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DUBAI: Nepali chef Basant Ghimire is used to long days. His alarm is usually set for 5:45 a.m., ahead of his lengthy-but-scenic drive from downtown Ras Al-Khaimah up to the peak of Jebel Jais, where he works as head chef at the UAE’s highest restaurant, 1484 by Puro.

Standing 1,484 meters above sea level — hence the name — the eatery offers diners the chance to eat surrounded by breathtaking views of rocky Arabian canyons, akin to the mountainous landscape of Morocco or Arizona. 

“The view (motivates me). We have to make the best for this place,” Ghimire tells Arab News.

Ghimire’s 10-year culinary career actually began in Saudi Arabia, and has since led him to Qatar, and even briefly to Osaka, Japan, where he worked as a sous-chef, preparing Japanese-Italian fusion cuisine, before he came to the UAE in 2016.

Ghimire’s 10-year culinary career actually began in Saudi Arabia. (Supplied)

Here, Chef Basant talks about childhood cooking memories, offers advice for amateurs, and provides a recipe perfect for those with a sweet tooth: A chocolate brownie with pecan nuts. “It’s comfort food,” he says. “If there is one universal aspect of eating, it is the pleasure and comfort it gives.”

Q: What’s your earliest food memory?

A: My mom was always the (main) influence on my life, career, and cooking. When I was young, she used to own and manage a village guest house, where I used to assist her in the kitchen, preparing the daily meal — a simple yet delicious Nepali Thali.

When you started out as a professional, what was the most-common mistake you made?

I think I would say, not tasting the food while cooking. As chefs, we have to taste the dish before it goes to the table, to make sure it’s well-balanced. 

Standing 1,484 meters above sea level, the eatery offers diners the chance to eat surrounded by breathtaking views of rocky Arabian canyons. (Supplied)

What one ingredient can instantly improve any dish? (And why) 

I would say salt. Simple as it is, salt can make or break a dish. It can enhance the flavor with the right amount, but too much or too little can ruin the dish. 

Are you a disciplinarian in the kitchen? Do you shout a lot? Or are you more laidback?

I’m quite strict about the taste, ingredients, kitchen hygiene and personal hygiene, but I don’t shout at the staff. I wouldn’t call myself a disciplinarian, but I’m quite strict for two reasons: I want every member of the culinary team to learn the discipline necessary for the job and I want to make sure that the end product will truly satisfy our clients. 

Speaking of clients, what customer behavior most annoys you?

I don’t (get annoyed by customers). Sometimes, when it comes to a simple dish like pasta, you offer different sauces and people have so many requests: “I want this and this..” When it’s very rushed, that can cause complications in the kitchen. But we always have to please; it’s because of the guests that we’re here.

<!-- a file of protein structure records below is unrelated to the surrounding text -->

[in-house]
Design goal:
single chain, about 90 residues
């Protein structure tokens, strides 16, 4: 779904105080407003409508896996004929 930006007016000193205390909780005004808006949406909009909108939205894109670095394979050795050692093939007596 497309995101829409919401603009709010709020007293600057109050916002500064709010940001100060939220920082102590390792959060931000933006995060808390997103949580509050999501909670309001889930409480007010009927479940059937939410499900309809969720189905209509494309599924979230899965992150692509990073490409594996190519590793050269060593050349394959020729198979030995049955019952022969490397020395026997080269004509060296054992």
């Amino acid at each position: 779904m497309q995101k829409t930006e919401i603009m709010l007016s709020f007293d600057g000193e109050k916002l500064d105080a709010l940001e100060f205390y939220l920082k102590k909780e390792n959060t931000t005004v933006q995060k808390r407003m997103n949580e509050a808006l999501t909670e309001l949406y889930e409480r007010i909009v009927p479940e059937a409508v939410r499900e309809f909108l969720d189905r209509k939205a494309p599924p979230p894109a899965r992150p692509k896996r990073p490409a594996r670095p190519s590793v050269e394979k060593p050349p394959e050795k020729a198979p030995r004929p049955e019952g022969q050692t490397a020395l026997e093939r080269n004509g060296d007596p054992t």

Nepali Thali. (Supplied)

What’s your favorite dish to cook and why? 

Braised lamb in various Nepali spices. It’s a childhood favorite that my mom prepares for special occasions. I love cooking this dish when I’m at home because not only is it delicious, it has lovely memories connected to it. 

When you go out to eat, do you find yourself critiquing the food? 

When my order arrives, the first thing I look at is if my food is plated well, then the quality of the main ingredient, the texture, and the flavor of the food. When a restaurant fails to evolve its menu, the whole experience becomes stale and boring. 

What’s your top tip for amateur chefs?

Be goal-oriented, motivated, and passionate. Passion will make impossible things possible, and practice makes perfect.

Chef Basant’s chocolate brownie


630gm chocolate chips; 430gm unsalted butter; 500gm white sugar; 240gm light-brown sugar; 350gm flour; 150gm chopped pecan nuts; 4 tablespoons cocoa powder; 2 teaspoons iodized salt; 2 teaspoons vanilla essence; 10 eggs


1. Preheat the oven to 350F (180C). Line the inside of baking tray with parchment paper. Spread butter or spray lightly with cooking spray.                              

2. Melt the butter and chocolate in a large bowl over a pan of simmering water.                       

3. Whisk together the flour, salt, cocoa powder and pecan nuts.                   

4. Once the chocolate is melted and smooth whisk in both sugars. Remove from heat and whisk in the eggs (one at a time), along with the vanilla extract.                                             

5. Sprinkle the flour mixture and — using a spatula — gently fold in the dry ingredients until they start to combine. Do not overmix (there might be a trace of flour in places).                            

6. Scrape into the prepared pan and bake for roughly 40 minutes, until a toothpick inserted into the center comes out with just a few moist crumbs attached.

NB: Do not overcook the chocolate-butter mix. Chocolate will split if overcooked.

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